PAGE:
Health Care

Baker’s health care advice to Congress

Baker’s health care advice to Congress

Governor backs bipartisanship, cost sharing, insurance mandate

The following is a transcript of Gov. Charlie Baker’s prepared testimony on Thursday before the US Senate Committee on Health, Education, Labor, and Pensions. THANK YOU FOR THIS OPPORTUNITY to provide testimony before the Senate’s Health, Education, Labor and Pensions Committee hearing on Stabilizing Premiums and Helping Individuals in the Individual Insurance Market. Thank you for your willingness(...)

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Drowning out health care

Amid the chaos that passes for leadership in Washington these days, the fate of health care for millions of people, including in Massachusetts, hangs in the balance as President Trump continues to threaten to withhold subsidies that are the lifeblood for many. Trump’s threats are roiling even the most stable markets such as in the Bay(...)

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Lawmakers reject Baker’s MassHealth cuts

Lawmakers reject Baker’s MassHealth cuts

Legislature says it will come up with a Medicaid savings plan

STATE HOUSE NEWS SERVICE HOUSE AND SENATE DEMOCRATS, insisting they needed more time to consider strategies to control cost growth in MassHealth and the broader health care system, turned aside Gov. Charlie Baker’s proposed Medicaid reforms on Wednesday as they worked to return to him a $200 million assessment on employers needed to balance the(...)

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House poised to reject Baker’s MassHealth reforms

House poised to reject Baker’s MassHealth reforms

Administration officials find tough going at legislative hearing

STATE HOUSE NEWS SERVICE BAKER ADMINISTRATION OFFICIALS on Tuesday urged lawmakers to get on board with reforms to rein in costs at MassHealth, but the House is poised on Wednesday to create a showdown with the governor by sending him back a $200 million package of new employer assessments and unemployment insurance rate relief without(...)

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Time to get MassHealth house in order

Time to get MassHealth house in order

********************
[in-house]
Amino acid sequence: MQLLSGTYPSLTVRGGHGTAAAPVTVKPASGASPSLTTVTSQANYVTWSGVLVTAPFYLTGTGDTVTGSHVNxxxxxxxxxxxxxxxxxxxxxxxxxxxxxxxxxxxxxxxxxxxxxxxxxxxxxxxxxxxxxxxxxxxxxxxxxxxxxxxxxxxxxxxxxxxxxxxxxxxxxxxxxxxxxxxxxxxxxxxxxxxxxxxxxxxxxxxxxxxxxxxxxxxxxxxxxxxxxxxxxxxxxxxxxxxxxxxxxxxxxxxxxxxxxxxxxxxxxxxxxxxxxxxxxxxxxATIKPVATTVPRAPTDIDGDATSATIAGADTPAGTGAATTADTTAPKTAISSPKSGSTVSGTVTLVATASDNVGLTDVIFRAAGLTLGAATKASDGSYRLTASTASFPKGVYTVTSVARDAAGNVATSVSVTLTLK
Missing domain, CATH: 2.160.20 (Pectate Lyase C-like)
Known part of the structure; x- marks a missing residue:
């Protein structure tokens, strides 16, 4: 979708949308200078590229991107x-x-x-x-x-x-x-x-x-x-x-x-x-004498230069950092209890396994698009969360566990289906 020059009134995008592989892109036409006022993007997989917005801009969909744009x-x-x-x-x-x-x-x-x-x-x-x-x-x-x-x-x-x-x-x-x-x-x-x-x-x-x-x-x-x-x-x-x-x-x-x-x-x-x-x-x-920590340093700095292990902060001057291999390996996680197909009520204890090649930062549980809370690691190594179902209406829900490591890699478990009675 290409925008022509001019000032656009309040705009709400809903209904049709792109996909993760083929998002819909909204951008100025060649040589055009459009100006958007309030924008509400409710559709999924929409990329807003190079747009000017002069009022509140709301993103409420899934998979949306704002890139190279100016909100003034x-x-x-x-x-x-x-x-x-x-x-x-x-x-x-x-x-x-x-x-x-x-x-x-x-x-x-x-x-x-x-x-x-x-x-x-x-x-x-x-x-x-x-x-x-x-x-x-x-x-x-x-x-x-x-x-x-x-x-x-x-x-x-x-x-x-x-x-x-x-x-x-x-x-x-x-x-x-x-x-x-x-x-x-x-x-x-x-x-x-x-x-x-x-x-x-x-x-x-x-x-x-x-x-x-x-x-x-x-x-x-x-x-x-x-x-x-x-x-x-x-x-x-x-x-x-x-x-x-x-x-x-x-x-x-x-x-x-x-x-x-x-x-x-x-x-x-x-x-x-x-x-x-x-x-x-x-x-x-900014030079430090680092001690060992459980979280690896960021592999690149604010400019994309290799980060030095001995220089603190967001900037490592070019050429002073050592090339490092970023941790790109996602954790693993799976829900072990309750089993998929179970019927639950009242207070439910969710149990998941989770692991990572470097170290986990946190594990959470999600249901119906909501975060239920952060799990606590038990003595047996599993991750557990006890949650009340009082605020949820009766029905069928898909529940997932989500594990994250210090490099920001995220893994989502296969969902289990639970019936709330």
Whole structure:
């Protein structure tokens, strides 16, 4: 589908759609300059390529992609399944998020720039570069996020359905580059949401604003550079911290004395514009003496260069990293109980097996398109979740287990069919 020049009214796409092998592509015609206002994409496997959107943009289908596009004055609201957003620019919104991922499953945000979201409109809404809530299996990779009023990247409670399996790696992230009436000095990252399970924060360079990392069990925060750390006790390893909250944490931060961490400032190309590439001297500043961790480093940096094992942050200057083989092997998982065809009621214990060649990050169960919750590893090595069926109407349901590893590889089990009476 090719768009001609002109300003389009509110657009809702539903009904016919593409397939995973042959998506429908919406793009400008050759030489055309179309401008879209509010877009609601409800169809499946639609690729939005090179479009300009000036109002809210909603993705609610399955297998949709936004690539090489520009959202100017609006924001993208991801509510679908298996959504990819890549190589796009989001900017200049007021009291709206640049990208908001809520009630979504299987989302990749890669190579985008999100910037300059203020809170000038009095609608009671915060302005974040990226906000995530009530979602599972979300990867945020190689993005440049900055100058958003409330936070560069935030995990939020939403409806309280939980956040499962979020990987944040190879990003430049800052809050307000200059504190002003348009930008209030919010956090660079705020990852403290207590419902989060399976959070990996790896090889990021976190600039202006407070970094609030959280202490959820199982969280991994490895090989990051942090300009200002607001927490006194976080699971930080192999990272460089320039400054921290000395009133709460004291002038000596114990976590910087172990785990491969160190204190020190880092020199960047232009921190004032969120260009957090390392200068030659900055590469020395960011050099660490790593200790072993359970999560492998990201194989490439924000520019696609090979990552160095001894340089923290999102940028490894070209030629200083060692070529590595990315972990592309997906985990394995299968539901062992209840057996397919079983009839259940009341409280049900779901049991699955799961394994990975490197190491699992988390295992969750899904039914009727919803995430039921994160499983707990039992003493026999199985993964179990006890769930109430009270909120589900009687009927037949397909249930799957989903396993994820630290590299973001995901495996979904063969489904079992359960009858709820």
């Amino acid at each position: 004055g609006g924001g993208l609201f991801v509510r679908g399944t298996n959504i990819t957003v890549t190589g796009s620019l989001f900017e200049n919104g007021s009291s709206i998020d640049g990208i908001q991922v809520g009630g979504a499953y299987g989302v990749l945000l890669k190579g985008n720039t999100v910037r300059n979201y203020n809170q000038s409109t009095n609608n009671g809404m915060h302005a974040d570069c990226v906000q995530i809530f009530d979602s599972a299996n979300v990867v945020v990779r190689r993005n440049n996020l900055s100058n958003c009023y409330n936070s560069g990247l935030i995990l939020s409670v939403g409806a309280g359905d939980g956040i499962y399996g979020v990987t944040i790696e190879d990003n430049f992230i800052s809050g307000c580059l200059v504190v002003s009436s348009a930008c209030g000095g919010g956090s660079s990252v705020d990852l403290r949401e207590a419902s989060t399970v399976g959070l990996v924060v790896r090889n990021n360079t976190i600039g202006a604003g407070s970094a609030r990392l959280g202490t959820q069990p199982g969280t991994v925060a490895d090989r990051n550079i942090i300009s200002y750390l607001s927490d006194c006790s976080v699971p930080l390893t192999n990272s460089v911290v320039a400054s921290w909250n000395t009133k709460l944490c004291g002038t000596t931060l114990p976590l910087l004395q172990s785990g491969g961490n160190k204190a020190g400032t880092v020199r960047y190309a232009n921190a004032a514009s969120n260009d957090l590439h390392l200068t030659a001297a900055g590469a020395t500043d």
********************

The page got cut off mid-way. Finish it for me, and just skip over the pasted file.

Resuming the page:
Business leaders says improper incentives, guardrails must end

ELEVEN YEARS AGO, Chapter 58—also known as RomneyCare—was signed into law.  The landmark law was passed on the premise that there was a shared responsibility among all of us to be insured, offer affordable coverage, control costs, and to eliminate free riders in the system.  It was also passed with the promise that the Commonwealth will make it(...)

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Defending MassHealth reforms

Defending MassHealth reforms

Package preserves, doesn't walk away from, universal health care

MASSACHUSETTS HAS A LONG TRADITION of bipartisan health care reform.  Our outside-of-the-box thinking, willingness to be nimble as Washington dynamics shift, and resolve to embrace change are critical components in honoring our collective commitment to near universal health care coverage. Since passage of our state health care reform in 2006 and the Affordable Care Act (ACA), Massachusetts has achieved the highest rate of health care(...)

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Baker trying to have it both ways

Baker trying to have it both ways

Opposes Medicaid cuts in Washington, but backs them here

GOV. CHARLIE BAKER has publicly criticized Republican efforts in Washington, DC, to roll back health coverage provided by the Affordable Care Act. He rightly argues that such changes will have tremendously negative effects on the health care of hundreds of thousands of people in Massachusetts, our economy, and our budget. We commend him for these(...)

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Beth Israel-Lahey merger causing some jitters

Beth Israel-Lahey merger causing some jitters

Can this ‘second system’ be a true competitor to Partners?

USUALLY SUMMERTIME is not chock full of key health care developments and related news stories.  Yes, there is always the strategic late August regulatory filings from our hospitals, where annual CEO salaries are published—with hospitals hoping that most people are away on vacation and not reading newspapers. But, clearly, this summer is different.  The circus(...)

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What’s the rush on Medicaid reform?

What’s the rush on Medicaid reform?

Baker’s proposals deserve thorough, careful review

IN THE SUMMER OF 1972, then-governor Frank Sargent announced a series of steps to gain control over the escalating costs of the Medicaid program, which had been launched only a few years earlier. The annual costs were about $500 million. Nine governors and almost half a century later, with annual costs now at $16 billion,(...)

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